Schreuer, N., & Sachs, D. (2014). Efficacy of accommodations for students with disabilities in higher education . Journal of Vocational Rehabilitation , 40 (1), 27–40. https://doi.org/10.3233/JVR-130665
Schreuer, N., & Sachs, D. (2014). Efficacy of accommodations for students with disabilities in higher education. Journal of Vocational Rehabilitation, 40(1), 27–40. https://doi.org/10.3233/JVR-130665
This study examined various accommodations—including physical, human, and academic accommodations—and among academic accommodations, both examination-based and non-examination-based accommodations. Emphasis was given to details about assessment accommodations in this summary. Examination-based accommodations were extended time and presentation formats—large print, in-person read aloud, and orally-based in both question and response.
Postsecondary students with disabilities were recruited from across six universities and 22 colleges throughout Israel, and the resulting sample numbered 170 students. These self-identified disabilities included 65 students with sensory disabilities (hearing impairments and visual impairments), 61 students with physical disabilities (Cerebral Palsy, musculoskeletal disorders, neuromuscular impairments, or spinal cord injuries), 39 students with psychiatric disabilities, and 5 students with multiple disabilities; students with learning disabilities and/or intellectual disabilities were not included in this study. Other demographic details were reported for the participants, including gender, marital status, employment status, religion, parents' education, and place of birth.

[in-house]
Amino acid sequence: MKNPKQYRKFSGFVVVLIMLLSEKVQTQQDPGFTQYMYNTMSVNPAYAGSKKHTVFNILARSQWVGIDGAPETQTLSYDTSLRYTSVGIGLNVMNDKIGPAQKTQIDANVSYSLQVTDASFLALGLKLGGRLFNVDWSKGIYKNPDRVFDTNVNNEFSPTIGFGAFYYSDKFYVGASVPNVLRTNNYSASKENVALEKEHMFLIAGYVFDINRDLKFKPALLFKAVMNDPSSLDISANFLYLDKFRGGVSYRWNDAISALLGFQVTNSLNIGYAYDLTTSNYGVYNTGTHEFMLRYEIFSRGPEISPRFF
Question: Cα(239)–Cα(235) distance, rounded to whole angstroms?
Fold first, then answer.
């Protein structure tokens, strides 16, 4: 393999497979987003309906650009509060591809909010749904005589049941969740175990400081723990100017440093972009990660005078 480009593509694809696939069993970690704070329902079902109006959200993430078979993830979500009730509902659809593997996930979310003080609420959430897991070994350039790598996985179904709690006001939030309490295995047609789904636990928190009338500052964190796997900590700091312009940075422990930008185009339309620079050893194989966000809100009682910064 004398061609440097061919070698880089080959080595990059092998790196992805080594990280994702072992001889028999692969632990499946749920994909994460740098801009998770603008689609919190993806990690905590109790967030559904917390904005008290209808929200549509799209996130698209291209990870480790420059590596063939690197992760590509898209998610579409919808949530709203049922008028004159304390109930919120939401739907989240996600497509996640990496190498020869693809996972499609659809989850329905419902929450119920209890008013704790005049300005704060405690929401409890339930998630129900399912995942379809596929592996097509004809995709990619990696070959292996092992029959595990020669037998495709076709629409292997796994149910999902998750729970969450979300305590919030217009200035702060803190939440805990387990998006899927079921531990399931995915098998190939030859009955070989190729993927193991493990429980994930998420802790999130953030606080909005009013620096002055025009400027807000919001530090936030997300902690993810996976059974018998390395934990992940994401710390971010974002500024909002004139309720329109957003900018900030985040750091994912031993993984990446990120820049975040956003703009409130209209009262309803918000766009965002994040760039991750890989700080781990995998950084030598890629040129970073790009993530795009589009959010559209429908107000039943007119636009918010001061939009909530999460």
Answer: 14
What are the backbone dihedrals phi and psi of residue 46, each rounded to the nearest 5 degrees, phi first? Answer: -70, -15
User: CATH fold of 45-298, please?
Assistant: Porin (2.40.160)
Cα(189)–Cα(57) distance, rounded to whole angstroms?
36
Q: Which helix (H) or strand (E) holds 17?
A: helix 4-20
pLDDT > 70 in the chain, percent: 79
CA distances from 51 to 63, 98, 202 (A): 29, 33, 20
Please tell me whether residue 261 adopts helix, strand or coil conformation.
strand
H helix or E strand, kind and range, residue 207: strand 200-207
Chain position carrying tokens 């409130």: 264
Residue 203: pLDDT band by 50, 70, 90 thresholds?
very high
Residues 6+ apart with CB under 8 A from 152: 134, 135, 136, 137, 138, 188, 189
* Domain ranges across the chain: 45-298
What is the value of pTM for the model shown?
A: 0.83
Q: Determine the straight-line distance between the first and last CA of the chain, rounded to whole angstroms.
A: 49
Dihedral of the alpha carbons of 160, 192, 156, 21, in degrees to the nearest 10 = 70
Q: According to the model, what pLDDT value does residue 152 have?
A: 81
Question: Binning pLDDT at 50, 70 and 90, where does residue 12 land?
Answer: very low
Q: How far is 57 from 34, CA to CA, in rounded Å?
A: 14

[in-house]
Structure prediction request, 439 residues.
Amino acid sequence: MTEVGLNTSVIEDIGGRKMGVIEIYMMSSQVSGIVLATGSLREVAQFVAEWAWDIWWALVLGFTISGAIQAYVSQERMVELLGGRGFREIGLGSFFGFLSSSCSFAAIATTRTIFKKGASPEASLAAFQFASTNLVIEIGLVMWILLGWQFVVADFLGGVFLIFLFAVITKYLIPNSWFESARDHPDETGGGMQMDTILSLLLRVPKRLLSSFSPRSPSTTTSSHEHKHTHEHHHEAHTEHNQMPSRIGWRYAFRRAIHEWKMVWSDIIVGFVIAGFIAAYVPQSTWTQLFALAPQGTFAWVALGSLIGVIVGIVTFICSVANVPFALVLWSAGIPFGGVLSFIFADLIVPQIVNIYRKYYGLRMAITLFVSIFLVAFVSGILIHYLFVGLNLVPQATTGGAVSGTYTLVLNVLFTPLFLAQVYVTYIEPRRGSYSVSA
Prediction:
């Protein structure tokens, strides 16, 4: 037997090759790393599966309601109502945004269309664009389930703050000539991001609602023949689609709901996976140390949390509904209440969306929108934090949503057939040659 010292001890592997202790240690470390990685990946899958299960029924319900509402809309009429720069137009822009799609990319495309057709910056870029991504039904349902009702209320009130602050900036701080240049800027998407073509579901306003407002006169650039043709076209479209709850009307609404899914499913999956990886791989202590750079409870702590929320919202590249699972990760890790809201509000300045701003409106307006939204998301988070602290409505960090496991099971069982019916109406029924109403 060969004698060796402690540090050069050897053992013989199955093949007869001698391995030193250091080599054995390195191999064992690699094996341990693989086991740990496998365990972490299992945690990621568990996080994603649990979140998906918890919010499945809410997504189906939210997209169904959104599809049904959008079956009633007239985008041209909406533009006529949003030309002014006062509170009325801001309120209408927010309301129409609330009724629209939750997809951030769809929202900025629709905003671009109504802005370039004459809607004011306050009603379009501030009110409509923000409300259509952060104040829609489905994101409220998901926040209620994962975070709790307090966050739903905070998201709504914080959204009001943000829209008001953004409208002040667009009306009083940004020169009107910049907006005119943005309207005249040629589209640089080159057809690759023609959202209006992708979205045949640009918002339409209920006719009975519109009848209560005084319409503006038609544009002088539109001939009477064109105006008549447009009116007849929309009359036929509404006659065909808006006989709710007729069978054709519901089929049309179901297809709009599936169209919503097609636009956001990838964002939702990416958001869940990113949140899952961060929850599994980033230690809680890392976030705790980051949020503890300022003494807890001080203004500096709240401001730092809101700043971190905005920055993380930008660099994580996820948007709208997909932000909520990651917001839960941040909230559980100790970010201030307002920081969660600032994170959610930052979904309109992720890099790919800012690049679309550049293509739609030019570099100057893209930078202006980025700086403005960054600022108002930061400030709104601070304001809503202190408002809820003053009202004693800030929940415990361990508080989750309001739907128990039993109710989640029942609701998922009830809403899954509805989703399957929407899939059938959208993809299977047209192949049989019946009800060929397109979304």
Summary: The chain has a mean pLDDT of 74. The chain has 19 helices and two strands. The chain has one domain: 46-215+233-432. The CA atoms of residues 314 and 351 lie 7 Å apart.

The student surveys included the Physical, Human and Academic Accommodation Services (PHAAS) scale, which inquired both about students' use of and appraisal of the usefulness of various accommodations, including examination-related accommodations. Another survey employed was the College Student Experiences Questionnaire (CSEQ), which inquired about participation in 103 activities, respondents' satisfaction with participating, and respondents' perceptions of the educational institution. Finally, student participants were asked about demographics, grade point averages, and the number of courses taken per year, and disability-related questions such as diagnoses, age at onset of disability, and degree of independence.
Usage rates for examination-related accommodations included about 71 percent for extended time, with 62 percent reporting benefiting from it, about 42 percent for alternative exam formats, with 41 percent benefiting. When examining the academic accommodation subscale as a whole with participation and participation satisfaction, the researchers found that there was a low degree of correlation; all other accommodation subscales (human, physical, and organizational) correlated to a greater degree with these participation measures. Limitations of the study were reported, and future research directions were suggested.